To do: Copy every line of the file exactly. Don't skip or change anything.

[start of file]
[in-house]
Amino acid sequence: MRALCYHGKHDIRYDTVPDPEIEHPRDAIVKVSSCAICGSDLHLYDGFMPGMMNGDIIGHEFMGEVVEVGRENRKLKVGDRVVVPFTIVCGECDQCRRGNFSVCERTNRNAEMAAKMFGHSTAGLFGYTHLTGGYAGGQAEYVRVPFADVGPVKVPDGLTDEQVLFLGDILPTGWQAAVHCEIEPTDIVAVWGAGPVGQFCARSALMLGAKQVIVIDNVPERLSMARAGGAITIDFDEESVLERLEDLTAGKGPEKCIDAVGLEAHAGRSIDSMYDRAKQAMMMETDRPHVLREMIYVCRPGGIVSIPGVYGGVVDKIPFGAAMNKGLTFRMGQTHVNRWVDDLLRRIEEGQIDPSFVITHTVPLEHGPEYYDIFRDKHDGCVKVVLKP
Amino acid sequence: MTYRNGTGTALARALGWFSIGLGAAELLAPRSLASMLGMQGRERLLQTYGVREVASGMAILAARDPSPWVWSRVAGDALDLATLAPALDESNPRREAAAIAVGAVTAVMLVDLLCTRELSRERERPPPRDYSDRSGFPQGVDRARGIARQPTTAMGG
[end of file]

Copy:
[in-house]
Amino acid sequence: MRALCYHGKHDIRYDTVPDPEIEHPRDAIVKVSSCAICGSDLHLYDGFMPGMMNGDIIGHEFMGEVVEVGRENRKLKVGDRVVVPFTIVCGECDQCRRGNFSVCERTNRNAEMAAKMFGHSTAGLFGYTHLTGGYAGGQAEYVRVPFADVGPVKVPDGLTDEQVLFLGDILPTGWQAAVHCEIEPTDIVAVWGAGPVGQFCARSALMLGAKQVIVIDNVPERLSMARAGGAITIDFDEESVLERLEDLTAGKGPEKCIDAVGLEAHAGRSIDSMYDRAKQAMMMETDRPHVLREMIYVCRPGGIVSIPGVYGGVVDKIPFGAAMNKGLTFRMGQTHVNRWVDDLLRRIEEGQIDPSFVITHTVPLEHGPEYYDIFRDKHDGCVKVVLKP
Amino acid sequence: MTYRNGTGTALARALGWFSIGLGAAELLAPRSLASMLGMQGRERLLQTYGVREVASGMAILAARDPSPWVWSRVAGDALDLATLAPALDESNPRREAAAIAVGAVTAVMLVDLLCTRELSRERERPPPRDYSDRSGFPQGVDRARGIARQPTTAMGG